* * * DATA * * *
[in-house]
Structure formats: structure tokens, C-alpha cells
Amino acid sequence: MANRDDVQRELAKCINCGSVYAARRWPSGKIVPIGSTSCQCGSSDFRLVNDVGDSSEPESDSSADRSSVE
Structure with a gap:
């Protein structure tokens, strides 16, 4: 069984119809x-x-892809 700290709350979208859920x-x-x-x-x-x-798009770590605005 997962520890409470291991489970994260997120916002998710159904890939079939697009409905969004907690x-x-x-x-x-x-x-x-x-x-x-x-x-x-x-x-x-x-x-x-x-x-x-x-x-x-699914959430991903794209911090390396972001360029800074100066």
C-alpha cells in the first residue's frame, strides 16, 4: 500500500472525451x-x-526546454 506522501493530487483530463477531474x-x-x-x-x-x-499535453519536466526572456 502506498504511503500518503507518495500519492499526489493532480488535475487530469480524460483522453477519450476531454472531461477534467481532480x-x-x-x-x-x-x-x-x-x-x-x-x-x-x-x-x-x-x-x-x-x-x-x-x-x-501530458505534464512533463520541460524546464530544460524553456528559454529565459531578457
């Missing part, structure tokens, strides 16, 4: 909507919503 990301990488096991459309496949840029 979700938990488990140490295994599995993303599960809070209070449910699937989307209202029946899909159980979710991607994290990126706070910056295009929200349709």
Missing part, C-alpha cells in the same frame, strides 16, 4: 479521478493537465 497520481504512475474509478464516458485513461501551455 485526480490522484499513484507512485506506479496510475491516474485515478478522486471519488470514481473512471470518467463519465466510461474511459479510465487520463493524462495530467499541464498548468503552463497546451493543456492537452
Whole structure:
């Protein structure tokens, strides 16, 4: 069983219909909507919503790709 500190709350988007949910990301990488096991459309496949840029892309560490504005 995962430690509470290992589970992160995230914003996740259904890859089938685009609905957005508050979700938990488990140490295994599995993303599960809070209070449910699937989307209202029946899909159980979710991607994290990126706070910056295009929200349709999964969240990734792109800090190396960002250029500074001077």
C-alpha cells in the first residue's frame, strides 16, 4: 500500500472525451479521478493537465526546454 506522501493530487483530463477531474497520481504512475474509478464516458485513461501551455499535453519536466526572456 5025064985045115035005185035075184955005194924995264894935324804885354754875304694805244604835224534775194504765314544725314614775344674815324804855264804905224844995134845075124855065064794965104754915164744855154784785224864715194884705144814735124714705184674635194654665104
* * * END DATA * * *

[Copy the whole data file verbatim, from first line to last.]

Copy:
[in-house]
Structure formats: structure tokens, C-alpha cells
Amino acid sequence: MANRDDVQRELAKCINCGSVYAARRWPSGKIVPIGSTSCQCGSSDFRLVNDVGDSSEPESDSSADRSSVE
Structure with a gap:
């Protein structure tokens, strides 16, 4: 069984119809x-x-892809 700290709350979208859920x-x-x-x-x-x-798009770590605005 997962520890409470291991489970994260997120916002998710159904890939079939697009409905969004907690x-x-x-x-x-x-x-x-x-x-x-x-x-x-x-x-x-x-x-x-x-x-x-x-x-x-699914959430991903794209911090390396972001360029800074100066």
C-alpha cells in the first residue's frame, strides 16, 4: 500500500472525451x-x-526546454 506522501493530487483530463477531474x-x-x-x-x-x-499535453519536466526572456 502506498504511503500518503507518495500519492499526489493532480488535475487530469480524460483522453477519450476531454472531461477534467481532480x-x-x-x-x-x-x-x-x-x-x-x-x-x-x-x-x-x-x-x-x-x-x-x-x-x-501530458505534464512533463520541460524546464530544460524553456528559454529565459531578457
């Missing part, structure tokens, strides 16, 4: 909507919503 990301990488096991459309496949840029 979700938990488990140490295994599995993303599960809070209070449910699937989307209202029946899909159980979710991607994290990126706070910056295009929200349709």
Missing part, C-alpha cells in the same frame, strides 16, 4: 479521478493537465 497520481504512475474509478464516458485513461501551455 485526480490522484499513484507512485506506479496510475491516474485515478478522486471519488470514481473512471470518467463519465466510461474511459479510465487520463493524462495530467499541464498548468503552463497546451493543456492537452
Whole structure:
């Protein structure tokens, strides 16, 4: 069983219909909507919503790709 500190709350988007949910990301990488096991459309496949840029892309560490504005 995962430690509470290992589970992160995230914003996740259904890859089938685009609905957005508050979700938990488990140490295994599995993303599960809070209070449910699937989307209202029946899909159980979710991607994290990126706070910056295009929200349709999964969240990734792109800090190396960002250029500074001077």
C-alpha cells in the first residue's frame, strides 16, 4: 500500500472525451479521478493537465526546454 506522501493530487483530463477531474497520481504512475474509478464516458485513461501551455499535453519536466526572456 5025064985045115035005185035075184955005194924995264894935324804885354754875304694805244604835224534775194504765314544725314614775344674815324804855264804905224844995134845075124855065064794965104754915164744855154784785224864715194884705144814735124714705184674635194654665104